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Thread: Are Japanese more hypocritical with foreigners ?

  1. #101
    Twirling dragon Maciamo's Avatar
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    Very good post, JerseyBoy ! I agree with most of your points. I would just like to comment on a few things.

    Quote Originally Posted by JerseyBoy
    4. Reading the other party's mind is considered a necessity and virtue to be socially functional in Japan. It's difficult to coax what's in his/her mind as you cannot solely count on what he/she says; facial expressions, tone of voice, and such can convey more meaning and accurate thoughts and can aide you with better understanding of what the other party is really thinking.
    I agree here too. And in fact, this is mostly why I came to believe that most of the Japanese I've met were nationalists under shy appearances, who believed that their country or culture is superior, from the way they asked me "those questions". When you feel genuine astonishment from your Japanese counterpart when you let them know that depsite of only being a mere Westerner you have managed the great skill of mastering chopsticks although you have only been a few years in Japan, carries the deepest sense of superiority I think someone could be able to express while staying perfectly polite and innocent-looking.

    7. Once we start doing which nationality asks most stupidest and dumbest questions imaginable, the contest will be a draw among all the humanity on earth.
    I disagree here. Small (non-island) and rich countries, like Luxembourg, have a clear advantadge over bigger countries, in that most people are usually well-educated, and all people will have been abroad, and thus not have this "we vs foreigners" approach, which is the basis of many of my complaints about the Japanese.

    8. Like any other people, Japanese will keep some thoughts/opinions to themselves or their inner circle and some to be broadcasted to the general public. Since many Japanese do not say what they are really thinking (this is good and bad as you don't want to say anything which comes to your mind) so that they don't break the social norms, I feel the appearance of ambiguity can be put in the spot light.
    Then, they should learn to express their feelings more openely when dealing with people of other cultures who expect them to speak out their mind. I rather believe that many people lack real personal opinions, because they lack critical thinking. In any culture, people with less critical abilities tend to lack personal opinions.


    When I was a student in Japan (up to high school and one year in college), I was taught and studied the world geography including climate conditions in each geographical regions (and more, of course). I used to memorize all of the names/locations of the major nations/their capitals along with other high lights of each country when I was in junior/high school years. I believe Japanese textbooks may have over-simplified this topic by comparing the Japanese climate with the world at large (which includes the tropical weathers and all). People tend to have selective memory and will always remember the easiest and simplest things even after years of no use (it is quite rare for people to brush up on their geography, math, science, history, and other subjects after they are done with formal education).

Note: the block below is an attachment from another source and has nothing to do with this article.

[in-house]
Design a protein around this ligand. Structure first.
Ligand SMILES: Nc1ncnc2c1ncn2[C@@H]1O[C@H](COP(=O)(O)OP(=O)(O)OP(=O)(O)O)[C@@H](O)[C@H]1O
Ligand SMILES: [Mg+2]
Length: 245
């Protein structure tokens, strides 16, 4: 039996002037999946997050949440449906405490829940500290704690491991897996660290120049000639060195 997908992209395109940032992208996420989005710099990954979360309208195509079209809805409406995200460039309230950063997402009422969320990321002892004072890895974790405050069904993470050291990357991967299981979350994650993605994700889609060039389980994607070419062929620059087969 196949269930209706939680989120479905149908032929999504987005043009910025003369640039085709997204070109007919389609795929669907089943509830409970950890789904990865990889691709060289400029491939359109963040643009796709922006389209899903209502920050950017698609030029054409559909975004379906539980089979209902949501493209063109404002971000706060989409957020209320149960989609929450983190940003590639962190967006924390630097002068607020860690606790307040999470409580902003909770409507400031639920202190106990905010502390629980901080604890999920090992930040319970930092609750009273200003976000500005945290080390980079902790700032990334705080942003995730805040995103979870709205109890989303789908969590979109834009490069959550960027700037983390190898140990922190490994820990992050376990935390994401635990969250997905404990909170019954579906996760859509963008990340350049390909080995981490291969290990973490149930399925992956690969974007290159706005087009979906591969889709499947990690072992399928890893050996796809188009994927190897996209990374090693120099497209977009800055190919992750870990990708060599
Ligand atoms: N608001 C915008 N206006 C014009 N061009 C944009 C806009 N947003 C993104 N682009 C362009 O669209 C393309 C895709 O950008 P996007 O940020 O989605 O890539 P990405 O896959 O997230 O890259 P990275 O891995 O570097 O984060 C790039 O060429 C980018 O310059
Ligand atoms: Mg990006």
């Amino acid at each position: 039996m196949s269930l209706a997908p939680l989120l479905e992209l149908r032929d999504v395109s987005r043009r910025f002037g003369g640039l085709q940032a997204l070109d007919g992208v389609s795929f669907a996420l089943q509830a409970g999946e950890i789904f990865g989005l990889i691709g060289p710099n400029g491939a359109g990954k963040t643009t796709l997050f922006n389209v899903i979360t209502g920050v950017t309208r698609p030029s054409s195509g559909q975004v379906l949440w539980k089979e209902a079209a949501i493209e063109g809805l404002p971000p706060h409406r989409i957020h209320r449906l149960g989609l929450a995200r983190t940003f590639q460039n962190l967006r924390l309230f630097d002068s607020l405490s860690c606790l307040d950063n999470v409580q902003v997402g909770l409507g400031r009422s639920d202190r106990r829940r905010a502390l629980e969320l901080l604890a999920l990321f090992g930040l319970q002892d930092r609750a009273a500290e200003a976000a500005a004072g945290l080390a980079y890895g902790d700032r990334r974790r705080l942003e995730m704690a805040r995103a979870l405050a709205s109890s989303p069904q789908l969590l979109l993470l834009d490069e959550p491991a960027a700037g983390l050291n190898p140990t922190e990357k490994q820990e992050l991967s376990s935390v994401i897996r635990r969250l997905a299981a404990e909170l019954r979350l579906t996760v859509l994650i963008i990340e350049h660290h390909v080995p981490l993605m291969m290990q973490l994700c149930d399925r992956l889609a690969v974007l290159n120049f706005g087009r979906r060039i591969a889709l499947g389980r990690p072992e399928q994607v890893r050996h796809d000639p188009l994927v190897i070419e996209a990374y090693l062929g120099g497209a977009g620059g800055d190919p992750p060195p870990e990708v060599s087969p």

They must be a really bad (even pathologic) memory if when fresh out of university or back from a trip to Europe or North America, or from watching a movie set in Europe or North America, they have already forgotten that snowy winters, budding springs, hot summers on the beach and red-leaves autumn exist on these continents too. The only fact that they know the names of the 4 seasons (not 3, not 5) seasons in English should be enough to give them a clue about British weather.

    11. Some Japanese people still consider their mother tongue (Japanese) as un-crackable code which can be understood only among their follow countrymen/women. I also think the Japanese education system portrays Japanese language as complex compared to other Western languages (it's possible this is to drum up the national pride by looking down on other countries/cultures).
    I also think that the Japanese education system tries to portray Japanese as difficult, from my inquiries about it. And visibly most Japanese have a much better memory for this than for their geography. It seems that selective memory in Japan always works better with anything that make Japan and Japanese people feel superior (even if childishly so, like for the seasons) to other countries. I always like to remind any Japanese that take a bit too much pride in their "difficult language", than the kanji and half of its vocabulary come from China, and that Japanese grammar is almost shockingly simplistic for speakers of Latin languages (less for English speakers, but still fairly easy in comparison). When they try to deny this (and a few have, believe me - especially men), I question them on the 6 ways of expressing the future in English, the 3 conditionals, 3 perfect tenses, etc. and how they would render that into English, as they no equivalent exist in Japanese.

    It's not that I want to make them feel inferior (neither English nor Chinese is my mother tongue, after all), but they just piss me off when they try to demonstrate all the time that Japan is oh superior to the rest of the world - especially for things like language, for which I have a deep interest, and when I hear the nonsense they can utter sometimes.

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  2. #102
    Back in town JerseyBoy's Avatar
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    I would like to add some comments.

    Quote Originally Posted by Maciamo
    I disagree here. Small (non-island) and rich countries, like Luxembourg, have a clear advantage over bigger countries, in that most people are usually well-educated, and all people will have been abroad, and thus not have this "we vs foreigners" approach, which is the basis of many of my complaints about the Japanese.